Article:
Pickups: 2x Resolution single coil pickup (passive/ceramic), 1 x Quantum pickup (passive/ceramic)
Controls: Volume, tone, 5-way pickup selector
Hardware: Chrome, T102 tremolo bridge
Left-handed: No
Finish: Transparent Gray Burst, Violin Sunburst

Reasons to buy

+
Versatile HSS configuration
+
Powerful pickups
+
Sleek design

Reasons to avoid

-
Too metal for some

Ibanez are known for making amazing shredder-friendly guitars (amongst other things), with some of rock’s biggest players looking to the brand for their punchy tone. This model has a really versatile HSS pickup configuration. The humbucker in the bridge position has a high output, but retains clarity and definition. You’ve then got two single coils that offer a wider range of tones. Whether it’s rock, metal, blues or anything else really, this thing has you covered. 

The guitar is nice and thin too; this lightens the load if you’re playing standing up, and is ergonomic if you’re playing sat down. The neck profile is also thin, making it ideal for speedy lead players. You also get a nice trem system, allowing for both subtle vibrato and crazy dive-bombs. All in all, a great do-it-all guitar and amazing value for money.

The best cheap electric guitar for rock and metal players

Specifications

Body: Mahogany
Neck: Mahogany
Scale: 24.75”
Fingerboard: Roasted Jatoba
Frets: 21
Pickups: ESP-designed humbucker x 2
Controls: 2 x volume, 1 x tone, 3-way selector
Hardware: Tune-o-matic bridge
Left-handed: Yes
Finish: See-thru Purple Sunburst, Cobalt Blue, Snow White, Black Satin, Vintage Natural

Reasons to buy

+
Looks fantastic
+
Coil-tapping
+
Great sustain

Reasons to avoid

-
The slim neck is too small for some 
-
Gloss finish is a fingerprint magnet

While the obvious choice for a Les Paul shape in this list would have been an Epiphone, we would veer more towards the superb LTD EC-256, particularly for rock and metal players. You get a slim-profile mahogany body and set neck, which deliver great sustain, and the ESP-designed humbuckers will cover a lot of ground tonally.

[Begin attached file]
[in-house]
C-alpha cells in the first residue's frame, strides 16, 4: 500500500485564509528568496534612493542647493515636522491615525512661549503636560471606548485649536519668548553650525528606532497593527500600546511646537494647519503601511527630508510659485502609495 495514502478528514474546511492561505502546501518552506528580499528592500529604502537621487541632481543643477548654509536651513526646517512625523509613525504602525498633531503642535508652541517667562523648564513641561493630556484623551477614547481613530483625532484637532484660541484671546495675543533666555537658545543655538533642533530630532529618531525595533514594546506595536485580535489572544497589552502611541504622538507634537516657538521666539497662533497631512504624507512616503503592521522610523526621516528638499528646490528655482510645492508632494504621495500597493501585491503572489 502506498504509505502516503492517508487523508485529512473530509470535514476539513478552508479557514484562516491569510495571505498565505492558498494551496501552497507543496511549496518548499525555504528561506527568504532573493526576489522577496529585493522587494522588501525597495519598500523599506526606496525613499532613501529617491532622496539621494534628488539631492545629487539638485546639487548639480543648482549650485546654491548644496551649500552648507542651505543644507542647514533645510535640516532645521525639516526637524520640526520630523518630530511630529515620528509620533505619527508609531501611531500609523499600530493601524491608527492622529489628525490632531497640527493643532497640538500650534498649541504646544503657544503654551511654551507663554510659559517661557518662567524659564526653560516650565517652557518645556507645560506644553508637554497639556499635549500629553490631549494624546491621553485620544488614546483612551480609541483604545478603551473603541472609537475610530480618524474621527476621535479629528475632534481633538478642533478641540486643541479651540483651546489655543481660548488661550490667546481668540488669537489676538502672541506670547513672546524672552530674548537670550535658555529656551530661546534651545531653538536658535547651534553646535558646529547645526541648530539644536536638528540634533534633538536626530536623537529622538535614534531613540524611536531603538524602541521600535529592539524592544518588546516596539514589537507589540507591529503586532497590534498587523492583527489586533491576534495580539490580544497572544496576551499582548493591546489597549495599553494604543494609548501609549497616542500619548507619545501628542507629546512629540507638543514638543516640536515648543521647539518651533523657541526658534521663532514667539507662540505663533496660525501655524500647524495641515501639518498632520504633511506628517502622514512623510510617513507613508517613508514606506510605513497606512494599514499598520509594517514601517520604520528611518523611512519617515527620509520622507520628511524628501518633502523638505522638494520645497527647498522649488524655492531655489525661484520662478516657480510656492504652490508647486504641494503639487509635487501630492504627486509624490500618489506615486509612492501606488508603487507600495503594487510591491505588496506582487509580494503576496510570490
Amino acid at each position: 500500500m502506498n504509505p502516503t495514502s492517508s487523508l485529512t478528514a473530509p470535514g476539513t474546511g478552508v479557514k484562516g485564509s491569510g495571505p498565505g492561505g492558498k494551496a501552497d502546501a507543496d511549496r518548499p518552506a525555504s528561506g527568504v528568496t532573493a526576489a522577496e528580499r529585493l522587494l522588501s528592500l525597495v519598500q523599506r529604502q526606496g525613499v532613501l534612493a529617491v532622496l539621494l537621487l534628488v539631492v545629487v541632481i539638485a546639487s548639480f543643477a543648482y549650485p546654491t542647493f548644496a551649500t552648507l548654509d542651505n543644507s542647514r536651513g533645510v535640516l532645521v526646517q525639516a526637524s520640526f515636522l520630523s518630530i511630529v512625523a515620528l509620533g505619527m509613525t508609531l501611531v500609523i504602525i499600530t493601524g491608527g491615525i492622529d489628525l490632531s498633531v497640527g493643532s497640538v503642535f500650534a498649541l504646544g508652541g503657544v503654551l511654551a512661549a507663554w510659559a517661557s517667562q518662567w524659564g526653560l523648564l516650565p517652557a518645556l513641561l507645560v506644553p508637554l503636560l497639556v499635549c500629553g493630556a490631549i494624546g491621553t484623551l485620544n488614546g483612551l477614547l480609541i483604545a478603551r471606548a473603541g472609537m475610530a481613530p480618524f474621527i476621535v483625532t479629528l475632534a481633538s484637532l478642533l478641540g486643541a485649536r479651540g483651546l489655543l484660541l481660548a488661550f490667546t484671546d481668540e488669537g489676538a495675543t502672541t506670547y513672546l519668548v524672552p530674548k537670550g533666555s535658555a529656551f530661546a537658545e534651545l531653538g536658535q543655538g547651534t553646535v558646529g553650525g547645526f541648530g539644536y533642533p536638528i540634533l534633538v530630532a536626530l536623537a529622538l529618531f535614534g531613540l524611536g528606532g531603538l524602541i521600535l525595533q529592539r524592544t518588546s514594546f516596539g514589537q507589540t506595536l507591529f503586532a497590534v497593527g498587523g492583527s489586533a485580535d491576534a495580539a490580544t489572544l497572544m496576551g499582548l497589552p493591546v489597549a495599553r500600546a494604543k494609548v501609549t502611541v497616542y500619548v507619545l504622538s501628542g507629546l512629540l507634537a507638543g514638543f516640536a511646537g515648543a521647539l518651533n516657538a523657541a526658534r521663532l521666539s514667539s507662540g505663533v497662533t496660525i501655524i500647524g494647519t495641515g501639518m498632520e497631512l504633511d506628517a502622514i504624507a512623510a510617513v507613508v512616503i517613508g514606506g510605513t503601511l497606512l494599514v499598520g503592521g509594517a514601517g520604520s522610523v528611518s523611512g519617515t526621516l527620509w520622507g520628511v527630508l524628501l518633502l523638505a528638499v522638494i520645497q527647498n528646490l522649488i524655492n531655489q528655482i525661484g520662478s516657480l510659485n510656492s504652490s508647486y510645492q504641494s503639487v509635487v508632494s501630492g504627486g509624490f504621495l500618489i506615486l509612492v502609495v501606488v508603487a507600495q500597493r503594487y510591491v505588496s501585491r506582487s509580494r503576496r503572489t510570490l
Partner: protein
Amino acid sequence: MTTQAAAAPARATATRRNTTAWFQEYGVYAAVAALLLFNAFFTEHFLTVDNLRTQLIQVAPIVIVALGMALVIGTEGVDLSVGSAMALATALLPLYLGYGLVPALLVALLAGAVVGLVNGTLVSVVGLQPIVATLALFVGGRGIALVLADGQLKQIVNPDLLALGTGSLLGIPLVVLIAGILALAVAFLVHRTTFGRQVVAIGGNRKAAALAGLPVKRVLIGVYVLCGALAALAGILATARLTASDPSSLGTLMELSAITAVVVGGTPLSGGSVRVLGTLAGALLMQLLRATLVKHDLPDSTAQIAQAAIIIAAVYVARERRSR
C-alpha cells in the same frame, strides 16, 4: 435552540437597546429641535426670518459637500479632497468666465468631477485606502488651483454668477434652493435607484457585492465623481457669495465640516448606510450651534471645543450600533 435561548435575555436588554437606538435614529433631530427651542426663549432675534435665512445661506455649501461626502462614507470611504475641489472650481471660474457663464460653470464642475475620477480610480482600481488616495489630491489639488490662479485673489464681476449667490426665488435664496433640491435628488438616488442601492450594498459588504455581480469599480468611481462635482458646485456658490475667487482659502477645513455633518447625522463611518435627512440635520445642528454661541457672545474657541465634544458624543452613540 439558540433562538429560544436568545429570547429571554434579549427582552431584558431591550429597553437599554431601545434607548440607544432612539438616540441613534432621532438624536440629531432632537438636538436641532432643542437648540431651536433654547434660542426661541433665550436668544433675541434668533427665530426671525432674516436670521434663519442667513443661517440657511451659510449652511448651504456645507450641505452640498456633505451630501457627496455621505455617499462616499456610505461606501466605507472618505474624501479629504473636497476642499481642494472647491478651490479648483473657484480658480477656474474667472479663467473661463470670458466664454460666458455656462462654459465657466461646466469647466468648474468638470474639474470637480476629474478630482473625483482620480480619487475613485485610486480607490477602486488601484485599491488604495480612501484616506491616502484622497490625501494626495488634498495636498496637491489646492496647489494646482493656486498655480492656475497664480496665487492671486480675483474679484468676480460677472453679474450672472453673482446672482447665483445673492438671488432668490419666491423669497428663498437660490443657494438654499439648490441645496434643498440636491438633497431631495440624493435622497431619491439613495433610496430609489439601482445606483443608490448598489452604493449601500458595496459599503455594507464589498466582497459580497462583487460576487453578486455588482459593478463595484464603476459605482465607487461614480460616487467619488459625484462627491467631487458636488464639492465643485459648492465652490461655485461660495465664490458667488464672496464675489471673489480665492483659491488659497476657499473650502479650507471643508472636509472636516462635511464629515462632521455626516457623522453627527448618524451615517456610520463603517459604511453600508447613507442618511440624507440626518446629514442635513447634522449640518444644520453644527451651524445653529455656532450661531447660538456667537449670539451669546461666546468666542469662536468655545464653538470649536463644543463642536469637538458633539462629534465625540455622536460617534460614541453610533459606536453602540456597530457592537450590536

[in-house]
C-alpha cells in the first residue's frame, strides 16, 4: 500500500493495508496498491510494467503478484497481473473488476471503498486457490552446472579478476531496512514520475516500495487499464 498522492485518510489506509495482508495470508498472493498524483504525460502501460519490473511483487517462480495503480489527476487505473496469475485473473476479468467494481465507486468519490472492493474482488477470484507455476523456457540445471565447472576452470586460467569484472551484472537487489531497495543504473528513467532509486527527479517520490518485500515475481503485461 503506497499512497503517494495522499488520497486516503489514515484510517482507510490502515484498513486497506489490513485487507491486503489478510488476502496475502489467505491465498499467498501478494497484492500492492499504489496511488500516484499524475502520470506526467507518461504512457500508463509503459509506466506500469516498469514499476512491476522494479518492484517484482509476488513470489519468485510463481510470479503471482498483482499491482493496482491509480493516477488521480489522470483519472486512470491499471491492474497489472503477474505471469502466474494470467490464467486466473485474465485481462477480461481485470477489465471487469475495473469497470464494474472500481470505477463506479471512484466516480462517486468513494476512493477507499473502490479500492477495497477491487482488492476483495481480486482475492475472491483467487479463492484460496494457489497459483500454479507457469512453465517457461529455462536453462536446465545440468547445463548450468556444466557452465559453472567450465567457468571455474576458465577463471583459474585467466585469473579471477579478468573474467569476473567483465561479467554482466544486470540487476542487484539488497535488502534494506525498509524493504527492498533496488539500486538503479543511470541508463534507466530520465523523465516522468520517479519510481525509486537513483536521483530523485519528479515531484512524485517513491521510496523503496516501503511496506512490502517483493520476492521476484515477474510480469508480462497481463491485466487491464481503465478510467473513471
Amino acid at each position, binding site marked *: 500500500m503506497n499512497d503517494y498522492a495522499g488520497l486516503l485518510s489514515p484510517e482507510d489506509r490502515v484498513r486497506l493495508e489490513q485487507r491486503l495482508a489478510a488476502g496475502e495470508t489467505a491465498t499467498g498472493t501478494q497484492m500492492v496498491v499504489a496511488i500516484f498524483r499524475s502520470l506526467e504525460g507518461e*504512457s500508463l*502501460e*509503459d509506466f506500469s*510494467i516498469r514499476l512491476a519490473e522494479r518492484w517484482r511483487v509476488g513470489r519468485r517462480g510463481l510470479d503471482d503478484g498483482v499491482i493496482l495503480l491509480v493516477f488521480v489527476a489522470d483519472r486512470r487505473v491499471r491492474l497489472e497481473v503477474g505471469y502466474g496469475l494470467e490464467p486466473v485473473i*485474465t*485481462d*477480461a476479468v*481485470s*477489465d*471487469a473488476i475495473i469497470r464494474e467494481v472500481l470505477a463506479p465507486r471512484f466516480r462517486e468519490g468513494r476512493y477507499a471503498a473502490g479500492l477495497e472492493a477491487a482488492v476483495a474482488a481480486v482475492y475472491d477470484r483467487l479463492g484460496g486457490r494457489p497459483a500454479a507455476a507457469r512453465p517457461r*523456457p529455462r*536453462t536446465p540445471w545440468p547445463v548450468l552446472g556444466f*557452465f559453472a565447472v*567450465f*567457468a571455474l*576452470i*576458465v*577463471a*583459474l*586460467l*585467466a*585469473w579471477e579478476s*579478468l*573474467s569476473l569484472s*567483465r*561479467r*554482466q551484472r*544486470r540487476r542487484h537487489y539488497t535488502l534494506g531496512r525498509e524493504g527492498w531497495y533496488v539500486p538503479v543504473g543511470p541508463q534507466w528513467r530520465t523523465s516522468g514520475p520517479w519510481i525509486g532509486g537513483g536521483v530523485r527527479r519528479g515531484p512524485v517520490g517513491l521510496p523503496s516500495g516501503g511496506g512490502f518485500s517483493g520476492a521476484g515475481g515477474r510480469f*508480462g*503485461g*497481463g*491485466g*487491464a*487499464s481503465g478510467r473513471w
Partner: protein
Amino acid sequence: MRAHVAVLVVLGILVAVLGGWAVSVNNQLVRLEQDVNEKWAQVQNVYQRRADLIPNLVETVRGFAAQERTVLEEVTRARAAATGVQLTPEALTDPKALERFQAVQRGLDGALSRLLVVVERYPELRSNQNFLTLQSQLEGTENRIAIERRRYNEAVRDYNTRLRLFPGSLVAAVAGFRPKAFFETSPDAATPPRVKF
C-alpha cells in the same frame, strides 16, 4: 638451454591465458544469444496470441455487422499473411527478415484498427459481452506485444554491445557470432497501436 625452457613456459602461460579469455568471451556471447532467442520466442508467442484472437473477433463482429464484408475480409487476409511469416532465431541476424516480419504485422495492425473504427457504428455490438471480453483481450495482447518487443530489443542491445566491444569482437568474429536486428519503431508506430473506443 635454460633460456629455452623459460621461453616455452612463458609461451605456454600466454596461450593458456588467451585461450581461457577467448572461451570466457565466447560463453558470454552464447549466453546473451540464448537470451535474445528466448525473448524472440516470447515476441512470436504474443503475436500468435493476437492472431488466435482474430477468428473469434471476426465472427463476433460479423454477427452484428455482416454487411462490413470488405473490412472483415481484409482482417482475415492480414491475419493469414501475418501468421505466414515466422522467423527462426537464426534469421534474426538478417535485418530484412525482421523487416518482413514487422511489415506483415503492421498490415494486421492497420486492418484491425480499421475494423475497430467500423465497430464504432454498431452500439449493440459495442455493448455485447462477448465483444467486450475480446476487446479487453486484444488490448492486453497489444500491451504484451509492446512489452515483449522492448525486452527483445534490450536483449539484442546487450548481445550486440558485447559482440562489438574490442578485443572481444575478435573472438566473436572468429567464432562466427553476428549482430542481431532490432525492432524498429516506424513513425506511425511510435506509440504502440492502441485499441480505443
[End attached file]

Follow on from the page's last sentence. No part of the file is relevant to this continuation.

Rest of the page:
What we liked about the EC-256 was the blank canvas it offers keen modders. As a base onto which you can add your own pickups, and tinker with other enhancements, the EC-256 is ready for whatever you can throw at it. We did have some slight reservations about the glossy finish, particularly on the neck, but that could be down to personal preference. Overall, there’s a lot to like about the LTD. 

Read the full LTD EC-256 review

The best cheap electric guitar for old-school solidbody tones

Specifications

Body: Chambered mahogany body with laminated-maple top
Neck: Mahogany
Scale: 24.6"
Fingerboard: Black walnut
Frets: 22
Pickups: 2x Black Top Broad'Tron humbuckers
Controls: Neck volume, bridge volume, tone, master volume, 3-way pickup selector
Hardware: Anchored Adjusto-Matic bridge, V-stoptail tailpiece
Left-handed: Yes
Finish: Black, Dark Cherry Metallic, Casino Gold

Reasons to buy

+
Fantastic, responsive pickups
+
Incredible value
+
Classic look

Reasons to avoid

-
Control layout is a tad awkward

This is a mahogany single-cut that offers a genuine alternative to the Les Paul approach without trying to ape it. It's packing two Broad’Tron pickups - a humbucker-sized Filter’Tron-style (PAF warmth and single-coil brightness). If you wrinkle your nose at some of the darker character in humbucker-loaded single-cuts, these could be a surprising treat. 

The responsiveness of the Broad’Trons here yields impressive harmonic detail when we test it with both tube amp drive and a Tube Screamer - for expressive, sustaining violin-esque lead work it’s inspiring and touch-sensitive. But get into traditional AC/DC and even metal territory and eyebrows start raising; it sounds like something that can really chase a Les Paul in the fat-but-articulated stakes. 

Gretsch has pulled a classic style into the present here with wider potential appeal, because the sheer versatility and finish quality for the money makes this the kind of deal that you’ll always find space for in the house.

Read the full Gretsch G5220 Electromatic Jet BT Single-Cut review